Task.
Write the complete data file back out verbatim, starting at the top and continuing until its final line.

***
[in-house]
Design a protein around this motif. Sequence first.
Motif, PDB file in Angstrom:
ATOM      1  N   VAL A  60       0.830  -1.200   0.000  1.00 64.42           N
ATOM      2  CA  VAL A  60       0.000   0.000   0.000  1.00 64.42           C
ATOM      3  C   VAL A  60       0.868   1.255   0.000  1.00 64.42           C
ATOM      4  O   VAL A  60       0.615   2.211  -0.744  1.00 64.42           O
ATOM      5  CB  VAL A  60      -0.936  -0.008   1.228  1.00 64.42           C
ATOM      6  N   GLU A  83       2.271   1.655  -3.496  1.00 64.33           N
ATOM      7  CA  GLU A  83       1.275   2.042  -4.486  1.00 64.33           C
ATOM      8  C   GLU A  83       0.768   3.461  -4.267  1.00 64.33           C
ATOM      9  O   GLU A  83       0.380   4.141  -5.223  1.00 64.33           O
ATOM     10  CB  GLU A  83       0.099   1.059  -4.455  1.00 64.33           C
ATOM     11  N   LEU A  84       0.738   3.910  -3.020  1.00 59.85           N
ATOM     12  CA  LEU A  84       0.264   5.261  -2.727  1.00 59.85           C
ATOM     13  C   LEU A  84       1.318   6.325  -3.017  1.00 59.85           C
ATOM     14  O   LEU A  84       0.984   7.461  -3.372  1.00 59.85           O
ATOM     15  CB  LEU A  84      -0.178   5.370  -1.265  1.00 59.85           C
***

[in-house]
Design a protein around this motif. Sequence first.
Motif, PDB file in Angstrom:
ATOM      1  N   VAL A  60       0.830  -1.200   0.000  1.00 64.42           N
ATOM      2  CA  VAL A  60       0.000   0.000   0.000  1.00 64.42           C
ATOM      3  C   VAL A  60       0.868   1.255   0.000  1.00 64.42           C
ATOM      4  O   VAL A  60       0.615   2.211  -0.744  1.00 64.42           O
ATOM      5  CB  VAL A  60      -0.936  -0.008   1.228  1.00 64.42           C
ATOM      6  N   GLU A  83       2.271   1.655  -3.496  1.00 64.33           N
ATOM      7  CA  GLU A  83       1.275   2.042  -4.486  1.00 64.33           C
ATOM      8  C   GLU A  83       0.768   3.461  -4.267  1.00 64.33           C
ATOM      9  O   GLU A  83       0.380   4.141  -5.223  1.00 64.33           O
ATOM     10  CB  GLU A  83       0.099   1.059  -4.455  1.00 64.33           C
ATOM     11  N   LEU A  84       0.738   3.910  -3.020  1.00 59.85           N
ATOM     12  CA  LEU A  84       0.264   5.261  -2.727  1.00 59.85           C
ATOM     13  C   LEU A  84       1.318   6.325  -3.017  1.00 59.85           C
ATOM     14  O   LEU A  84       0.984   7.461  -3.372  1.00 59.85           O
ATOM     15  CB  LEU A  84      -0.178   5.370  -1.265  1.00 59.85           C